|Spending cuts (0-4)||17%||63%||86%||53%||50%|
|In the middle (5)||23%||18%||8%||20%||18%|
|Revenue increase (6-10)||49%||12%||5%||13%||23%|
This probably conforms to the common sense of anyone paying attention to the elections and the session, but the starkness of the numbers are still striking. There is no center in the Republican ranks, and even less so in the Tea Party faction of the Texas GOP. Because Republican and Tea Party positions are skewed so far to the cutting end of the scale, any Republican office holder who wants to talk about revenue increases at all is moving far away from the orientation of Republican voters — and even farther from the orientation of the most vocal and mobilized wing of the party.
Any assertion that Republican legislators might be expected to assume the role of a stern parent guiding their errant children, or somehow become heroically moderate leaders correcting an ignorant electorate who don’t really know what they want, seriously misconstrues the current state of the Texas electorate, not to mention the incentives that guide legislators.
There may come a moment when some action of Republican voters, surprised by the effects of the changes being put in motion by legislators trying to follow their current preferences, change their tune and relent on budgetary matters.
For now, Republican legislators attentive to their reelection prospects are giving voters in their party what they seem to want. This, in itself, doesn’t make it good or bad public policy. But it is the way the institutions work, with the assumed uncertainty that these voters may change their minds down the road, or that the actions of legislators may equally well have unanticipated consequences. These consequences include getting the attention of folks heretofore not paying a lot of attention to the momentous changes that are being attempted in the name of the current crop of voters. Any such mobilization, and any effort to reframe the issue in the eyes of existing voters, however, requires a capable, coherent, and resourceful political alternative to the current Republican dominance of all levels of the state’s politics.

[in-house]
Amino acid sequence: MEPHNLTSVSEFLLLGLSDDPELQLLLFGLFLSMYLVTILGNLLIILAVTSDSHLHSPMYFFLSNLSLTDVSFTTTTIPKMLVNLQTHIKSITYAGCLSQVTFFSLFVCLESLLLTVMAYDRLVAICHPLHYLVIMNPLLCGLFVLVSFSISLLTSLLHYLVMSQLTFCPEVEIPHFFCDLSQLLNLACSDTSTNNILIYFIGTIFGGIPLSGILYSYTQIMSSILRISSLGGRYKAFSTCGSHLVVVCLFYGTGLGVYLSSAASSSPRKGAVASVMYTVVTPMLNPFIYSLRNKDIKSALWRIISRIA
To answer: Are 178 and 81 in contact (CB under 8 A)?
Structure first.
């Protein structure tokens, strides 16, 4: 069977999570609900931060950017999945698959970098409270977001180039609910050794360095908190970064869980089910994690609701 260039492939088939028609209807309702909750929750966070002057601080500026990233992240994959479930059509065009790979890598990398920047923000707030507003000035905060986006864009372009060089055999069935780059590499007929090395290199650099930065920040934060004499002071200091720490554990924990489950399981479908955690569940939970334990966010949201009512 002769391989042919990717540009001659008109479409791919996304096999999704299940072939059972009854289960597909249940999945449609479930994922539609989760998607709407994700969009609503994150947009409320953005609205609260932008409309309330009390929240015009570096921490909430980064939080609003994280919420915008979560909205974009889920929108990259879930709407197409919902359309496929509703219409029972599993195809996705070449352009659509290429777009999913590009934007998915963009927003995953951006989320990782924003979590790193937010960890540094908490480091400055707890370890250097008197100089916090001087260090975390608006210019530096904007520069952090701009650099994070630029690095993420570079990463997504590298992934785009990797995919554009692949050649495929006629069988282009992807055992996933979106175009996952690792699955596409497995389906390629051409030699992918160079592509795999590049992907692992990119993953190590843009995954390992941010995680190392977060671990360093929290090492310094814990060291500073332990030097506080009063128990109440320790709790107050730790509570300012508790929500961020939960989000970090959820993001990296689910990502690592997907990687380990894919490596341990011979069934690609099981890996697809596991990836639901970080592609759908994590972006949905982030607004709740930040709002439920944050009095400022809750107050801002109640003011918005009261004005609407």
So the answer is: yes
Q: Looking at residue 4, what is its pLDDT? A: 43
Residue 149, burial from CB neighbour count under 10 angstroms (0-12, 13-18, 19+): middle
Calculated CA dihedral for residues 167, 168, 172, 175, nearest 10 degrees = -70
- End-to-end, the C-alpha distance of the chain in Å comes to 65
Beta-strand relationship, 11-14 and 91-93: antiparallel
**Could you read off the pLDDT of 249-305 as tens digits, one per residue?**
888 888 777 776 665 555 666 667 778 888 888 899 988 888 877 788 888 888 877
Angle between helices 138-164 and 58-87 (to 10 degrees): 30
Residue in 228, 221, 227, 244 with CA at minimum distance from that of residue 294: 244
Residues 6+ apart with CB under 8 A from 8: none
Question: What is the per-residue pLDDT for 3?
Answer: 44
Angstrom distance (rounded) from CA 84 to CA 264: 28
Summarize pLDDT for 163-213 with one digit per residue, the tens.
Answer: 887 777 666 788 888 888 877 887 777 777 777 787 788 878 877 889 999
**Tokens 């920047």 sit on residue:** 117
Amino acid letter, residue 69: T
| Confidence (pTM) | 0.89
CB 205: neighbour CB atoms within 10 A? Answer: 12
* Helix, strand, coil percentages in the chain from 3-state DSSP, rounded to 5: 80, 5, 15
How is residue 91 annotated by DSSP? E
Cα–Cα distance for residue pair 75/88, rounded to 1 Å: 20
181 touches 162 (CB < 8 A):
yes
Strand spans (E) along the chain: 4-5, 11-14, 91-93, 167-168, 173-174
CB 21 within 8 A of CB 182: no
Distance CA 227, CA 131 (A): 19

James Henson directs the Texas Politics Project in the Department of Government at the University of Texas. He also is co-director of the UT/Texas Tribune poll with Daron Shaw.